Pride Month spotlights Alzheimer’s challenges
While June is Pride Month, a celebration of and for the LGBT (lesbian, gay, bisexual and transgender) community, it also provides a reminder that a significant portion of the population faces additional challenges with regard to the sixth-leading cause of death in the United States: Alzheimer’s disease.
Members of the LGBT community represent every segment of the population: people from all races, ethnicities and genders. They also reflect the risk factors for developing the disease of those populations: African Americans are twice as likely as whites to develop Alzheimer’s while Hispanic-Latinos are 50 percent more likely. And women account for nearly two-thirds of all cases of dementia.
What separates the LGBT population from others in their demographic groups is what happens after an Alzheimer’s diagnosis, whether the LGBT individual is the person diagnosed or a caregiver.
According to research conducted by the Alzheimer’s Association with SAGE (Advocacy & Services for LGBT Elders), “LGBT older adults are more likely to exhibit particular vulnerabilities that can exacerbate how Alzheimer’s disease manifests and its impact, such as disproportionately high levels of social isolation and stigmatization as they age, making it difficult to find support.”
LGBT older adult are more likely to age without a spouse or partner, more likely to live alone and less likely to have children to support them. The report states that one-third (34 percent) of LGBT older adults live alone, and 40 percent report that their support networks have become smaller over time.
Factors limiting Alzheimer’s care
Following are several of the challenges the LGBT community face in dealing with an Alzheimer’s diagnosis:
• Family relationships – many LGBT older adults may not have a relationship with their legal or biological families; a traditional source of caregiving support. Consequently, they are more likely to turn to friends and community members, often age contemporaries of the person for whom they are caring.
• Children – since LGBT older adults are less likely to have children to assist them and more likely to be single, adult children and partners often are not part of the caregiving mix to support a needed caregiving plan.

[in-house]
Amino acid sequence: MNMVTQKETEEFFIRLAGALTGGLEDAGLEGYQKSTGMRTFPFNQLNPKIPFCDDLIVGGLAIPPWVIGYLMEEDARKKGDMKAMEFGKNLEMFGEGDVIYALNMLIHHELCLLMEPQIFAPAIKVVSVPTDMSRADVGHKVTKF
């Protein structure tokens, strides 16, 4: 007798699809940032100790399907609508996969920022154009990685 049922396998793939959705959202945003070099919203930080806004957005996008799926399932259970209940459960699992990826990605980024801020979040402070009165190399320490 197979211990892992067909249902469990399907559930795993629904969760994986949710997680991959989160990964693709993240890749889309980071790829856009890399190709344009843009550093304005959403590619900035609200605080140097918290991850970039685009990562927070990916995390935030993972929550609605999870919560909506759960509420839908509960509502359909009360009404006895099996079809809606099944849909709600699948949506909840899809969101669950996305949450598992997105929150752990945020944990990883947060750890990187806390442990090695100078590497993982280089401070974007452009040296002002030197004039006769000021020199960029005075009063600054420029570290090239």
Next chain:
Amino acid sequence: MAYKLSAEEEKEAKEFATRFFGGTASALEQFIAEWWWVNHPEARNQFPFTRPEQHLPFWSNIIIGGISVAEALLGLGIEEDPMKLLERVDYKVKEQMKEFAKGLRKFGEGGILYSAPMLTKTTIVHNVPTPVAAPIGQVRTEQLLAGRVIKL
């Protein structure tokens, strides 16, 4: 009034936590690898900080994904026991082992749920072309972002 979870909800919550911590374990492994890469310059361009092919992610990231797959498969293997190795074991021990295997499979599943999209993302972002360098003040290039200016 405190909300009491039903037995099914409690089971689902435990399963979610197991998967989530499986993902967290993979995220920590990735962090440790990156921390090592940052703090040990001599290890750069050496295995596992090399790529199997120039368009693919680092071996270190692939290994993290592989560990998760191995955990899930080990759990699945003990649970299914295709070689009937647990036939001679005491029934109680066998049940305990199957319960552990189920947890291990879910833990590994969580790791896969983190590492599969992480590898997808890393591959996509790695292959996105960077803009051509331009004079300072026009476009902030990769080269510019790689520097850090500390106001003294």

• Stigma – when LGBT older adults do access services, their history of discrimination due to stigma can impact their willingness to disclose their LGBT identity, which can delay appropriate assessment and care until their health deteriorates.
◦ 40 percent of LGBT adults in their 60s and 70s report not disclosing their LGBT identity to their health care provider.
• Transgender adults – two-thirds (65 percent) of transgender adults report fear there will be limited access to health care as they age because of previous discrimination experienced and subsequent reluctance to seek care, let alone disclose their identity.
◦ 50 percent of transgender respondents experienced rejection from an immediate family member, 33 percent reported a negative interaction with a medical provider and 23 percent did not see a doctor when they needed to or seek out medical care in the prior year (2015 survey by the National Center for Transgender Equality).
• Income disparity – LGBT older adults and their partners lag behind heterosexual married households in income, assets and home ownership.
◦ 37.4 percent less income from retirement savings than older adult heterosexual married couples.
Social isolation and stigmatization
“Alzheimer’s disease, by its very nature, leads to isolation and stigmatization,” said Amelia Schafer, executive director of the Colorado Chapter of the Alzheimer’s Association. “For the LGBT population, those issues are magnified.”
The Alzheimer’s Association/SAGE research shows that LGBT older adults are more likely to put off or not seek care due to previous healthcare experiences, to be self-reliant, and to advocate for staying in their own homes due to concerns of safety in community living – three dynamics that impact access to help and support.
To help anticipate the challenges that Alzheimer’s disease poses, LGBT caregivers – as well as those facing a dementia diagnosis – are encouraged to avail themselves of resources that can help navigate the process. Those include:
• Accessing quality healthcare. It’s important for you and the person with Alzheimer’s disease to seek supportive health care providers who are inclusive of your identities and who you feel comfortable with as a health care provider. Seek referrals to health care providers from the Gay and Lesbian Medical Association (glma.org) or an LGBT community center in your area.
• Finding support. For some LGBT individuals, a family of origin may not be present or an appropriate or reliable source of support. If this is true of your situation, the Alzheimer’s Association is available all day, every day through its free 24/7 Helpline (800-272-3900). It is staffed by master’s-level clinicians and specialists, and offers confidential support and information on a variety of topics.
◦ Specific to the LGBT community. There are an estimated 2.7 million LGBT people over age 50 in the United States – a number that is increasing rapidly as Baby Boomers age and more people self-identify as LGBT. While the LGBT community faces similar health concerns as the general public, it also faces nuanced challenges. The Alzheimer’s Association partners with SAGE, the country’s oldest and largest organization dedicated to improving the lives of LGBT older people. To learn more about SAGE programs and services, go to www.sageusa.org.
• Plan ahead. Advance directives – legal documents that specify preferences regarding treatment and care, including end-of-life wishes – are valuable tools. Visit the Alzheimer’s and Dementia Caregiver Center at alz.org/care to learn more about planning for the future. This site is also a source of valuable information for caregivers.